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NextGen Precision Health & Ellis Fischel Cancer Center Science Seminar - May 19, 2022


More information and a recording of the talk is available below.

For questions about this event, please reach out to Mary Christie at

"Discovery of Cancer Therapies That Target Copper Metabolism: A Journey from Bench to Bedside"

Presented by: Michael Petris, PhD; Christos Papageorgiou, MD

Date: Thursday, May 19, 2022, 4:30-5:30 p.m.




Dr. Petris is a Professor of Ophthalmology and Biochemistry in MU’s School of Medicine and a principal investigator in the Life Sciences Center. The Petris lab studies the micronutrient copper, which is rate-limiting for tumor growth and metastasis. Certain oncogenic mutations cause elevated copper accumulation which is a vulnerability that can be exploited through targeting copper transporters in cancer cells. Dr. Petris discussed preclinical and clinical data that suggests the copper transporters ATP7A and ATP7B are therapeutic targets in cancer, and he also described multidisciplinary research to develop the first inhibitors of ATP7A/B and the results of preclinical testing in mouse models of cancers. His talk was followed by Dr. Papageorgiou, an Associate Professor of Clinical Medicine in the Division of Hematology/Oncology, Ellis Fischel Cancer Center at the University of Missouri. Dr. Papageorgiou discussed collaborative efforts with the Petris lab to translate copper-based therapies from the lab to the clinic.

Speaker Bio


Dr. Michael Petris

Image Michael Petris

The Petris laboratory studies the biological roles of the essential nutrient copper (Cu), a metalloenzyme cofactor that is necessary for a wide variety of metabolic processes. My interest in copper metabolism began in 1994 when I was a trainee in the laboratories of Dr. Jim Camakaris and Dr. Julian Mercer at the University of Melbourne, Australia. At that time, mutations in the ATP7A copper exporting P-type ATPase had been recently identified as the cause of Menkes disease, a genetic disease of copper deficiency. My early research identified copper-stimulated exocytic trafficking of the ATP7A protein from the Golgi complex to the plasma membrane as a fundamental mechanism of controlling cellular copper levels. Since starting my own laboratory in 2000, we have identified metal regulated trafficking of other transporters such as the copper importer, CTR1, and multiple zinc importers. Another important discovery from my group was the role of ATP7A and the closely related copper transporter, ATP7B, in the metallation of enzymes within the secretory pathway, including the development of a colorimetric assay for ATP7A-dependent metallation of tyrosinase which is now widely used in the field. In addition to cell culture studies, my lab developed a floxed ATP7A mouse model used to discover roles for copper in fetal development, the central nervous system and the innate immune system. More recently, my laboratory has made important contributions to the role of copper in cancer and hypoxic responses. We have demonstrated that the ATP7A protein is essential for copper delivery to the lysyl oxidase family of enzymes which crosslink collagen in the extracellular matrix and play key roles in formation of the pre-metastatic niche and fibrosis. Additionally, ATP7A functions in chemoresistance to cisplatin and other chemotherapy drugs. Using computer-aided drug design, my lab has identified a first-in-class small molecule that inhibits ATP7A and reduces tumor metastasis in preclinical models of breast and lung cancer. Derivatives of this molecule are being developed as anticancer and antifibrotic compounds.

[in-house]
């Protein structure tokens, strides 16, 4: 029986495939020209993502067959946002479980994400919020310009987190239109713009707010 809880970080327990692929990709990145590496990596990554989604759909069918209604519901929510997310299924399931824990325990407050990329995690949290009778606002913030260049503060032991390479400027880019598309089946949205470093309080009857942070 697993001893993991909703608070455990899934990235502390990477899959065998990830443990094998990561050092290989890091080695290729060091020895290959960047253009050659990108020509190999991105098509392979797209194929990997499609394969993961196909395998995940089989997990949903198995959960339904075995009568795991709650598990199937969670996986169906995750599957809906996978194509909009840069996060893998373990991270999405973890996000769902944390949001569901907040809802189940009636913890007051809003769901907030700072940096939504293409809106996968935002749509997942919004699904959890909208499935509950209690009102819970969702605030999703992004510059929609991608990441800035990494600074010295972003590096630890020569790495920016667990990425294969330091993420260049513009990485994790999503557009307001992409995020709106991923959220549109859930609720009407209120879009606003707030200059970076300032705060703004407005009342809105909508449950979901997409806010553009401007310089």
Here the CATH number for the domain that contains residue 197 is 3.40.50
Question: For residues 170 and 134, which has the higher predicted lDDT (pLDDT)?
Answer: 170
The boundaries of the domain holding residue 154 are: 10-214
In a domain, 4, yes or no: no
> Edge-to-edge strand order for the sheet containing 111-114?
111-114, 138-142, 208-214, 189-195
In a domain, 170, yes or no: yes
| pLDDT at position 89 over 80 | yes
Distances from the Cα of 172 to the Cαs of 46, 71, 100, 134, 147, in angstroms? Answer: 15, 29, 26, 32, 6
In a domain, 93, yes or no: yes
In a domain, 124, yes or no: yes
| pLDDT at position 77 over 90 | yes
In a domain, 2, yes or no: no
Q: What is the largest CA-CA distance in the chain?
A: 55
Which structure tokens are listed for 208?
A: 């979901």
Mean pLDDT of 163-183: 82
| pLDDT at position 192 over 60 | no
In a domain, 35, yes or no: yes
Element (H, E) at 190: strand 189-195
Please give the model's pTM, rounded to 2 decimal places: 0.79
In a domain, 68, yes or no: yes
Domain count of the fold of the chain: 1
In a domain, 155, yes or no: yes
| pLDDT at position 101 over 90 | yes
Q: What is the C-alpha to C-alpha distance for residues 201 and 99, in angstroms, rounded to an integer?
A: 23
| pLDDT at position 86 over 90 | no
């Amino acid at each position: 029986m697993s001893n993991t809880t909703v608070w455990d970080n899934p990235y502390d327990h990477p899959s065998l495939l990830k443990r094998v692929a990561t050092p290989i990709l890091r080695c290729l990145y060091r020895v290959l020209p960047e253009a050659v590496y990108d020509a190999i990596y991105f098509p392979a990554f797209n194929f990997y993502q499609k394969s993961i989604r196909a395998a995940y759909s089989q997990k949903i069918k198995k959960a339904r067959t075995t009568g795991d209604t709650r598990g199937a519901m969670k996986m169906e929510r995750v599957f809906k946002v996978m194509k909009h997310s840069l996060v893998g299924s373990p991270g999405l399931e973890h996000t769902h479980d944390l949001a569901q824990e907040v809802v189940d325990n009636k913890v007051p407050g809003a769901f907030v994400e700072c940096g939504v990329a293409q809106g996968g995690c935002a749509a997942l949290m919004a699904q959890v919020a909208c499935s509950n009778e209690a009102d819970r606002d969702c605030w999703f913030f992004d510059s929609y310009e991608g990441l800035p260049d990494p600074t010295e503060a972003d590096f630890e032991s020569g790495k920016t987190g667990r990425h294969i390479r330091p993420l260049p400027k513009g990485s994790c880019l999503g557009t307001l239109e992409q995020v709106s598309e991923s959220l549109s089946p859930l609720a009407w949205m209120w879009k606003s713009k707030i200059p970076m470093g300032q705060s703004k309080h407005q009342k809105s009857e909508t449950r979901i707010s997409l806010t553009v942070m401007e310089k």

Dr. Papageorgiou is an Associate Professor of Clinical Medicine in the Division of Hematology/Oncology, Ellis Fischel Cancer Center (EFCC) at the University of Missouri (MU). He is the founder of the cancer tissue biobank dedicated solely to translational research at EFCC and is interested in metabolic biomarkers in serum and/or tissue of cancer patients for both diagnostic and therapeutic purposes. Based on preliminary work including demonstration of enhanced copper activity in serum of breast cancer patients seen in his clinic compared with healthy volunteers, he has recently received a Council Research award from MU to work in collaboration with Dr. Petris on copper metabolism as a potential tool to enhance response to chemotherapy in breast cancer patients.